Anyone who travels frequently whether on business or for pleasure quickly confronts the challenge of determining the right solution to obtaining online flexibility especially for data.
Most roaming plans restrict substantially, the level of data that you can use and the upcharges for going over the plan can be large. For that reason people often start seeking out free wifi in all kinds of locations. Unfortunately, free wifi can be pretty cumbersome.
I recently experienced this on a personal trip where we were using campgrounds to stay over night. Virtually all of them offered some sort of 'free' wifi on their site. The quality and usability of their connections varied substantially and did not equate to the price of the stay. In fact the poorest connection was in the campground where we paid the highest rate per night and the best connection was in the one where we obtained and end of season discount rate for staying. Luckily our daily connection needs were pretty low and could be met with a roaming plan on my cell phone which sufficed for our travel planning. If more intensive needs had been prevalent something different would have been important.
My experience is similar to that of many travelers and certainly it becomes much more critical for those who are on the road for business extensively. Due to the way that many organizations have built their IT infrastructure the need for high connectivity rates with substantial data capabilities has become a norm. Using cloud based applications such as CRM, Electronic Storage, Electronic Catalogues and ERP systems means that users must have access to the corporate link wherever they are located. This is a great system when good, fast and relatively low cost connectivity is available. Unfortunately, this is not always the case.
"Wi-Fi is often difficult to use, which kills productivity on the road, and it costs businesses nearly $3 billion a year."
This is the conclusion of a report published in Networkworld recently, where the costs of various data connectivity plans from across the US and Europe were considered. Unfortunately, they did not include Canada in the study but we can most likely expect our Canadian results would be worse than the US in North America and similar in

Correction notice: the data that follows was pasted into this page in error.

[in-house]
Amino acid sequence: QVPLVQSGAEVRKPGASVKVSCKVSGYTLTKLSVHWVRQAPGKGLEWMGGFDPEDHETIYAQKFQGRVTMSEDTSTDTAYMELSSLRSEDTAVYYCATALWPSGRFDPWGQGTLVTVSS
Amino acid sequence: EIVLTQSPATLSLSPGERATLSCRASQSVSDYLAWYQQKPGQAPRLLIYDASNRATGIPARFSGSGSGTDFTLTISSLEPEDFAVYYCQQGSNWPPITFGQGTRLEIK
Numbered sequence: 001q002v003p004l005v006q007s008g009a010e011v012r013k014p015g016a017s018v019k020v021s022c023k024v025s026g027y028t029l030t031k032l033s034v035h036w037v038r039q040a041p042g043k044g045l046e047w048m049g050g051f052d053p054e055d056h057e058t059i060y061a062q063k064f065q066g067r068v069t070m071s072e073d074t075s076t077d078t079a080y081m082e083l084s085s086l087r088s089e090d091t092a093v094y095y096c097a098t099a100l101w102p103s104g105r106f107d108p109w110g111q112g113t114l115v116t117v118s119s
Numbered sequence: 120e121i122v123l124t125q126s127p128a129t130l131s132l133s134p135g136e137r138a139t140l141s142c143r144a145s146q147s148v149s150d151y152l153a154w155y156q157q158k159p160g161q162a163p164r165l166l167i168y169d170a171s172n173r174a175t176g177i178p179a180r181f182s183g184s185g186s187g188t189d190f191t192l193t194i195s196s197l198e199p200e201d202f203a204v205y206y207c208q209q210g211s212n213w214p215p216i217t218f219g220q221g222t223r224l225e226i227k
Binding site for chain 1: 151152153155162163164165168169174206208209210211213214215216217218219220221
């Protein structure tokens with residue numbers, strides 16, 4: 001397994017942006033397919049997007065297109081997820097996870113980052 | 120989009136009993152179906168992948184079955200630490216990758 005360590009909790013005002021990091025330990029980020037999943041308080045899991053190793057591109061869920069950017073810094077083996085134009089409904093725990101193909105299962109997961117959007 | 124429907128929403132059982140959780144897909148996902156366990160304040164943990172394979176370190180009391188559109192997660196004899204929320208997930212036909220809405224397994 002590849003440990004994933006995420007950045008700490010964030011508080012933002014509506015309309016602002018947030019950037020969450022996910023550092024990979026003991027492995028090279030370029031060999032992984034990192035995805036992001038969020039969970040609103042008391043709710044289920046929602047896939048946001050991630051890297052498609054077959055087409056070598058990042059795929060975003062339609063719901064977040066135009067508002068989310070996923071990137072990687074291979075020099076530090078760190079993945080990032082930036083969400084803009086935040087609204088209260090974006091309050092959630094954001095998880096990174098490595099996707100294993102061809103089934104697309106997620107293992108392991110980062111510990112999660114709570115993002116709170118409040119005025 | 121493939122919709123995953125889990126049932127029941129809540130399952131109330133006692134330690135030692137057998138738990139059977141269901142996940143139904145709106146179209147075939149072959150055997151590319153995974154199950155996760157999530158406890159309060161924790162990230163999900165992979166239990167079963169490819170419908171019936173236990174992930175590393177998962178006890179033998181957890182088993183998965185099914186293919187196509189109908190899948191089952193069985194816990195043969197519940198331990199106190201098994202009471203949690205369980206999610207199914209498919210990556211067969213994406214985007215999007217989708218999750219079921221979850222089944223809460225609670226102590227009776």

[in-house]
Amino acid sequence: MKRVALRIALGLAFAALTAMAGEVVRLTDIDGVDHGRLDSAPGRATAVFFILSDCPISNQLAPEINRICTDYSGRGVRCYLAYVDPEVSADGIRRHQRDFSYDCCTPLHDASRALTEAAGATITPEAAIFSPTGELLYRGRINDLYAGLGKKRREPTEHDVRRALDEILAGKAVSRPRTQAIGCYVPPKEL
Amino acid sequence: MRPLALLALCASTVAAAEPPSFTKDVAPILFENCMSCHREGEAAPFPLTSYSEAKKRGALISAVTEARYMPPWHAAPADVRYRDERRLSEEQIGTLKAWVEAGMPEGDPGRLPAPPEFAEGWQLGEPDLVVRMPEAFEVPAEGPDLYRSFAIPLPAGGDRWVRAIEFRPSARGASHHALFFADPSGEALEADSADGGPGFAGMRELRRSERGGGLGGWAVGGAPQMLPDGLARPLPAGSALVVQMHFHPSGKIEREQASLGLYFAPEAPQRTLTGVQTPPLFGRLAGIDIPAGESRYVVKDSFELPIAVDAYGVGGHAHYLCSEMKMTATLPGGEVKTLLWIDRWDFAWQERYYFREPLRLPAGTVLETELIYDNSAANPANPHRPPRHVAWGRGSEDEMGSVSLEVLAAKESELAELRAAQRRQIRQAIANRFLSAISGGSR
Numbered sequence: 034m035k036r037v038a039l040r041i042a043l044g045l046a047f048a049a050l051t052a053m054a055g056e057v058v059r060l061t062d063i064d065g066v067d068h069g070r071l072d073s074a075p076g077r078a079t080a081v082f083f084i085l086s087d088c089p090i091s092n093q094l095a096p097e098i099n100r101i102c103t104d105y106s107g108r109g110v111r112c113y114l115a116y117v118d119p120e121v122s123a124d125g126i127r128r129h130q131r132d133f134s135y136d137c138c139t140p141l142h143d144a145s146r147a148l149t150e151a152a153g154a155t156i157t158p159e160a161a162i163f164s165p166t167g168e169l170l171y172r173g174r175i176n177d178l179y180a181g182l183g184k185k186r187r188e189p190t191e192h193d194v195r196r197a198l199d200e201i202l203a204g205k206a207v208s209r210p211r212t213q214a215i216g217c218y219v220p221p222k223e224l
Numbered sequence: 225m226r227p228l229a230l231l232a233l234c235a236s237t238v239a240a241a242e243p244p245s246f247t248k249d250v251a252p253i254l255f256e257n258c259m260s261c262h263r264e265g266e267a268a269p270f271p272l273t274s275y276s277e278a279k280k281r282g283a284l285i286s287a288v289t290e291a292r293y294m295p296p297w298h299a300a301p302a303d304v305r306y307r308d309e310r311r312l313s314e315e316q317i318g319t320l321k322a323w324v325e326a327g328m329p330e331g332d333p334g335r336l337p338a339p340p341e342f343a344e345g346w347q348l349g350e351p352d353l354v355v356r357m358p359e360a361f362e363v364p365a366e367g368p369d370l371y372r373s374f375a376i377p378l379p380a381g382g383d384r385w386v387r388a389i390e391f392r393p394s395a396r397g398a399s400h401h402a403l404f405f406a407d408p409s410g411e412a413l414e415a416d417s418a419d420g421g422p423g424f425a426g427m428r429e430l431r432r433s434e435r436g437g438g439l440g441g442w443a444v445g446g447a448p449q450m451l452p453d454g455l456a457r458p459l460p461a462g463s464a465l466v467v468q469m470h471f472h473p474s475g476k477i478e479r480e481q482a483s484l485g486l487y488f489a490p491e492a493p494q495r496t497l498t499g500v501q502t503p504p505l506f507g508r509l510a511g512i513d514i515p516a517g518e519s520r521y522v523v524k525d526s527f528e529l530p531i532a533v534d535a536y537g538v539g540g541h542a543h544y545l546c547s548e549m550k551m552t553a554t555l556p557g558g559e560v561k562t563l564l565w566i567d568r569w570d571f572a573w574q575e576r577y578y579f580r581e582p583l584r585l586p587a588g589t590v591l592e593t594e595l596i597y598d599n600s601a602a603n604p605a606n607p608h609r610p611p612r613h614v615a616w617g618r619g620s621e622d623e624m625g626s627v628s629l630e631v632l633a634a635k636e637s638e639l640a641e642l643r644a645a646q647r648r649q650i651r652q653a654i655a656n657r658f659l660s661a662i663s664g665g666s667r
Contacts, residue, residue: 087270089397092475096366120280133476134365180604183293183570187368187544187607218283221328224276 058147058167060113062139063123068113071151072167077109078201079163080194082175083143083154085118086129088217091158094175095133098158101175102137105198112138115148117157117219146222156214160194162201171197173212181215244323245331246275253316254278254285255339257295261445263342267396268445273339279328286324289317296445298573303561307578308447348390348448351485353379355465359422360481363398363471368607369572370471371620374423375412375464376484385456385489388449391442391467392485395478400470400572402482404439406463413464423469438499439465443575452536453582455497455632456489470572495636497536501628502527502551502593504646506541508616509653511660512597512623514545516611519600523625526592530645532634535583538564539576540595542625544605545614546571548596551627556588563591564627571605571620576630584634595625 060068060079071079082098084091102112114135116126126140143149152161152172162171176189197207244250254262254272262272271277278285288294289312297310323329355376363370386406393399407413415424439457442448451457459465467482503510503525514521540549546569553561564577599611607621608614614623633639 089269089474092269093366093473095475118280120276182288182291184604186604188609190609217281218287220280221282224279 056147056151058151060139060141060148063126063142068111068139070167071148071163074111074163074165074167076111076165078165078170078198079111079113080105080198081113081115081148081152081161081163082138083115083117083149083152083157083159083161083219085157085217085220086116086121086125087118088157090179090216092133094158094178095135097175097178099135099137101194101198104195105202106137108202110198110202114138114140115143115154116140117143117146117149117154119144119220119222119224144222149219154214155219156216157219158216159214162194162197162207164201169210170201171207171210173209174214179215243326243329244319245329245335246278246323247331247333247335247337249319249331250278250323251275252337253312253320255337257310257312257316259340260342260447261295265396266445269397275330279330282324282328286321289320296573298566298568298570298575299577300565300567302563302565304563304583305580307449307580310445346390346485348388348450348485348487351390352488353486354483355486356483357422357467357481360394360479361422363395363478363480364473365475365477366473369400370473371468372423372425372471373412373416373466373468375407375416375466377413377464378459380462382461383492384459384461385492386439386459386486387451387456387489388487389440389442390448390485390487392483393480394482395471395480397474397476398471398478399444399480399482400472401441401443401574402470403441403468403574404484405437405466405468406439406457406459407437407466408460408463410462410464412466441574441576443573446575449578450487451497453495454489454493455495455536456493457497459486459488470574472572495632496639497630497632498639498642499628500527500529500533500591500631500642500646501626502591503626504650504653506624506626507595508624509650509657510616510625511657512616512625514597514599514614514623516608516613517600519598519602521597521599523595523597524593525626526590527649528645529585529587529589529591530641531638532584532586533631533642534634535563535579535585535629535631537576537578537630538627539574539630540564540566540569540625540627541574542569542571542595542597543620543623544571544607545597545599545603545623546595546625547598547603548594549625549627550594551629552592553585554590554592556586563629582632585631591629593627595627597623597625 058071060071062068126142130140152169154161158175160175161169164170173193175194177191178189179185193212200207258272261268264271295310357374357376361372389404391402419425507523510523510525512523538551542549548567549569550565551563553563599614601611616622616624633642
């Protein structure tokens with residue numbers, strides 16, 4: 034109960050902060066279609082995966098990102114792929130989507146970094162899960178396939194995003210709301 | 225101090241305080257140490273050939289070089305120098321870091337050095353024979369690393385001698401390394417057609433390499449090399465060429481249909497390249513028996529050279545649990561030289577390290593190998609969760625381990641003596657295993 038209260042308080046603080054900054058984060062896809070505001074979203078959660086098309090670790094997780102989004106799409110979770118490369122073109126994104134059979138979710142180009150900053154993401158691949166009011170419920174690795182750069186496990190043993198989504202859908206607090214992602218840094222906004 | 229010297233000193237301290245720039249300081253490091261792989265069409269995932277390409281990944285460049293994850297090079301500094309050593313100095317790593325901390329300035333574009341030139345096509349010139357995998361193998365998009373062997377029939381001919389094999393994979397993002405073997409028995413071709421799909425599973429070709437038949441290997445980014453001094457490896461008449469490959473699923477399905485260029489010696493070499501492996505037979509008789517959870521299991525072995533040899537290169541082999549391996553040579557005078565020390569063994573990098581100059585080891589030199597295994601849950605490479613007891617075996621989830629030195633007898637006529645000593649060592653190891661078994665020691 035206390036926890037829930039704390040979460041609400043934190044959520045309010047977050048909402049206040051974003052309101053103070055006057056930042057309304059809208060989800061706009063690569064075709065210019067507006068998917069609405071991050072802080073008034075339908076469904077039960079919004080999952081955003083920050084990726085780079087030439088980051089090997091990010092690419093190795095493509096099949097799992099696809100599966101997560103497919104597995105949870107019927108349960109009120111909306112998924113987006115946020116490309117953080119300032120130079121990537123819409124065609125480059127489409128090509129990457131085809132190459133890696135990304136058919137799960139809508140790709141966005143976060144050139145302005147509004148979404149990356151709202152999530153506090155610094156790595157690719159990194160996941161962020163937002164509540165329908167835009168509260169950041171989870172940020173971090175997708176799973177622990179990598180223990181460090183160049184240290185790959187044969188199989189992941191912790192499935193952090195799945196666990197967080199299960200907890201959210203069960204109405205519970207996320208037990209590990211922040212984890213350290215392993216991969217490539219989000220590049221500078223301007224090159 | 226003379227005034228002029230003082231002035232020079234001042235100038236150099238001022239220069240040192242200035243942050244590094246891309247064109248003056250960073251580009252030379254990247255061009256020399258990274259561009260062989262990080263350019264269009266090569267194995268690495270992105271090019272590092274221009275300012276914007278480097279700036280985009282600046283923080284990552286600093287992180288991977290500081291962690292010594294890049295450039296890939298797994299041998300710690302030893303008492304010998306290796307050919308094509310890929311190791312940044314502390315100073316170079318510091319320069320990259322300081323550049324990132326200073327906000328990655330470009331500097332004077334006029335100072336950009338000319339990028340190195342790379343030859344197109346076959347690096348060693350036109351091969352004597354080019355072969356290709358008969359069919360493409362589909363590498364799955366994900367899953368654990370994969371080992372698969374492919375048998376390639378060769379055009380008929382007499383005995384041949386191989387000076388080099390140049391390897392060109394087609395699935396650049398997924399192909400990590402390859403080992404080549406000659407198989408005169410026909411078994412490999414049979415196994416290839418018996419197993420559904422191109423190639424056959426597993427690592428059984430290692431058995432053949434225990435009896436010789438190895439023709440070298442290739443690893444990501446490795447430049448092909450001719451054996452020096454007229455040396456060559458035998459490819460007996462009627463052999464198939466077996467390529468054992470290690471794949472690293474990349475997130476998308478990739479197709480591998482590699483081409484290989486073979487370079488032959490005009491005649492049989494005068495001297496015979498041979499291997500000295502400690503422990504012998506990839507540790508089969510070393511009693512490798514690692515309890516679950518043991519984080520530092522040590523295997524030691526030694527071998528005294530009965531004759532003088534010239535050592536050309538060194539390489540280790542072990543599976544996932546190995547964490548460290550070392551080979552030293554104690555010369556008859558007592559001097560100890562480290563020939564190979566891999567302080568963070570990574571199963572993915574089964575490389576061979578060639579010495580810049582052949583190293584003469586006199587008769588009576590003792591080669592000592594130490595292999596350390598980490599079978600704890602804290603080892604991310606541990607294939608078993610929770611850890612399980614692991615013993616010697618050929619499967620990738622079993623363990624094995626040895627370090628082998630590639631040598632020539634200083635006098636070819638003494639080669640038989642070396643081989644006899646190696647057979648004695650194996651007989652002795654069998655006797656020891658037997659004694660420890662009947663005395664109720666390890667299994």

The underlying research was conducted on behalf of a US company which specializes in providing global mobile connectivity. While they obviously have a bias which may cause some of the conclusions to be questioned much of the data well verified and makes a case for paying for a solid 4G based mobile connectivity platform which is usable where ever you need to travel away from your normal home location.
In the report they indicate that the average highly mobile (more than six days per month) professional can consume over 760 MB of data per day. While this may seem massive, if someone is out of their office this extensively on a repeated basis it is easy to see that remote teleconferencing, skyping, accessing cloud capability, and keeping in touch with key customers could easily chew up a large volume of data.
Doing a detailed cost analysis of three ways to maintain connectivity and eight profiles of various professionals from several different geographic homes the report shows that depending upon free wifi as a primary means of connectivity can become the most costly solution. Using a primarily cellular base can be less costly and buying premium wifi can become the lowest cost when all is considered.
The conclusions may not fit for every instance and for every traveler, however they show that taking some time to look at your traveling professionals' needs and then fitting a solution to match may have significant cost benefits as well as improve their overall productivity.
One additional benefit of adopting a solid plan for international connectivity is the reduction in pressure and stress that it can provide for the person on the go. Steady international travel (or domestic for that matter) can bring a whole host of additional stresses to a business person's day both for company and for personal reasons. Worrying about how to get effective data and communications capability at a sensible cost is just one more stressor that they don't need.